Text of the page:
The mayor says he’s trying to find space for charters. The charter pioneer says he isn’t. Beyond their conflicting claims is a complicated debate over whether public schools have room, and the role charters are supposed to play there.
The ruling was more of a technicality than a decision on any substantive issues, noted education activists, who believe they will ultimately prevail.
They want the city to add more schools to a federal program that provides free lunch to all students. But the DOE may have good reason to move slowly.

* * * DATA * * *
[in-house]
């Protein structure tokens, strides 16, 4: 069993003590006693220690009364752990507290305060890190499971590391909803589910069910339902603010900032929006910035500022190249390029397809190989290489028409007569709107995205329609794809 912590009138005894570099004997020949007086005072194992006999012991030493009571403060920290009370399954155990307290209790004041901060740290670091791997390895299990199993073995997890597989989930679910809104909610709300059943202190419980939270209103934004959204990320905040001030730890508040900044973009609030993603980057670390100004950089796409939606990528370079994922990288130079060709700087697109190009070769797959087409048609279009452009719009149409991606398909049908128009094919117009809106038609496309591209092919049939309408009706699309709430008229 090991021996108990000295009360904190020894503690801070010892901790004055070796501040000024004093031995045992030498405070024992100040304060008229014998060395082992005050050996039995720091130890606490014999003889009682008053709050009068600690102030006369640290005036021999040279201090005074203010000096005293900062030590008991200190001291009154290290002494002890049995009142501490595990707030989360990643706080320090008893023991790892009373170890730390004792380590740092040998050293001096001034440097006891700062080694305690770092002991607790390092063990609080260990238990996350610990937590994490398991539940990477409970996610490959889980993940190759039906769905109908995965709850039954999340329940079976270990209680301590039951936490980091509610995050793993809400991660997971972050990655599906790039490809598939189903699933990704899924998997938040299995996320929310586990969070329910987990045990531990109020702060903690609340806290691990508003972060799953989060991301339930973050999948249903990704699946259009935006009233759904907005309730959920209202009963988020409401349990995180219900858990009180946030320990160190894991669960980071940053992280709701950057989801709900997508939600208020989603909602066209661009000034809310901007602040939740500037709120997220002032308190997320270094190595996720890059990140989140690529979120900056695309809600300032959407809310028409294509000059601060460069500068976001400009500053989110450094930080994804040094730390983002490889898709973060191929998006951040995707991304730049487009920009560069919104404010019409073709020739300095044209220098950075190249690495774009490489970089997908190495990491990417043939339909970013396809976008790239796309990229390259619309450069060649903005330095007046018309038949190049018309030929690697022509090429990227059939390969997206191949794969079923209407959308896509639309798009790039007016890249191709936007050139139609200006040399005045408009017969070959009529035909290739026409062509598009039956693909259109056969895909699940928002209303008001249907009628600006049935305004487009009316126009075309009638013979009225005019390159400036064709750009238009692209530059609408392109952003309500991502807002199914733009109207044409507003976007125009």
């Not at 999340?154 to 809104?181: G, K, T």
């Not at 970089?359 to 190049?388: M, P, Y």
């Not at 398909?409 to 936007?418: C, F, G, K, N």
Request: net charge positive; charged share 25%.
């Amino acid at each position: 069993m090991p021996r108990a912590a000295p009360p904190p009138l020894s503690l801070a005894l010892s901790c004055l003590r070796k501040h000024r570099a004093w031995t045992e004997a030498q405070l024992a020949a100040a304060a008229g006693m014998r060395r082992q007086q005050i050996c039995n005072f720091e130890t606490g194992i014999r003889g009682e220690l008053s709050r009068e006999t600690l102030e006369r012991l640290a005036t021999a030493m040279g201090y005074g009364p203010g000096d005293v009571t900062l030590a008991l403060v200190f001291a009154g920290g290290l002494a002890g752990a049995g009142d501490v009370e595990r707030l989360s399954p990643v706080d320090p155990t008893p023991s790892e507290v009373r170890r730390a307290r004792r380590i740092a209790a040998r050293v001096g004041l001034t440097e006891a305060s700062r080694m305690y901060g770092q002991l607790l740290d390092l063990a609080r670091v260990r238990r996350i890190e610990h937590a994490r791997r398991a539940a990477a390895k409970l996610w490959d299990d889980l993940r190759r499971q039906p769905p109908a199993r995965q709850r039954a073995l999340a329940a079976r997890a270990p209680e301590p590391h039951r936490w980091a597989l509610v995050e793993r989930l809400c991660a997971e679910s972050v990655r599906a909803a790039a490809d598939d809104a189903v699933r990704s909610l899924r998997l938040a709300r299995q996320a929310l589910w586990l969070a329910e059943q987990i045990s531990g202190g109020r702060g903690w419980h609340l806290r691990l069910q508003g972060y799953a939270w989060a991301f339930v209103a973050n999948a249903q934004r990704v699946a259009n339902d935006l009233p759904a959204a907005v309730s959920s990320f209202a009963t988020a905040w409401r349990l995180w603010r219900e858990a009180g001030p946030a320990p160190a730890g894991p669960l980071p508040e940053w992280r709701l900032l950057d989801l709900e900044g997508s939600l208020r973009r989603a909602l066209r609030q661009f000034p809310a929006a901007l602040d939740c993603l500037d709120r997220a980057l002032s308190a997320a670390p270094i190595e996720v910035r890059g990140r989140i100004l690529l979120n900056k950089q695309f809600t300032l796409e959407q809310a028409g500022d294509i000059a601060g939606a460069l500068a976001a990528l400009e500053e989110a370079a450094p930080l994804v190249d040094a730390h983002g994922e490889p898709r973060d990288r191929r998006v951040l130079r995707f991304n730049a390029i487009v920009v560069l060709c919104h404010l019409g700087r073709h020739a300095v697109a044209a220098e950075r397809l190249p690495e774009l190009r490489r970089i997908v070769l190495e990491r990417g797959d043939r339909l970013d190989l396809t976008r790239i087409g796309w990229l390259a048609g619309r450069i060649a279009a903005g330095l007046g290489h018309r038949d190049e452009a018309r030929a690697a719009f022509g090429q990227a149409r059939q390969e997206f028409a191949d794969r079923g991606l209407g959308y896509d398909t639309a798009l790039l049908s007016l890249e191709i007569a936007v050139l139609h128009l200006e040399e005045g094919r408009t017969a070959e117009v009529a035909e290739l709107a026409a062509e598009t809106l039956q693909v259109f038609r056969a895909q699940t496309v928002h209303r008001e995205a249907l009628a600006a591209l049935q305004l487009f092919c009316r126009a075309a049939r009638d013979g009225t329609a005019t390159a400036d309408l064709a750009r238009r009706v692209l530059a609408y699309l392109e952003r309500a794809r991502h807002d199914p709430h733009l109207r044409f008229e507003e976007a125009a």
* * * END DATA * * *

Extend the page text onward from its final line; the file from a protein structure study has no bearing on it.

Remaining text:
For any school strategy to work, kids have to show up. And one in three children in the South Bronx misses a month of school every year.
Parents know a school is coming to 75 Morton Street. What they don’t know is where its students will come from.
Some say public schools have failed the poor. Others believe poverty is an obstacle that education alone can’t tackle. A new research center seeks to shape NYC’s education policy to recognize the way poverty affects young brains.
DOE is keeping the sessions closed while it appeals a judge’s order to open them up.
Some applauded the governor for slowing down to reconsider the way Common Core has been implemented. But others worry that Cuomo’s response to a revolt by upstate middle-class parents will only sew confusion for teachers, students and their families.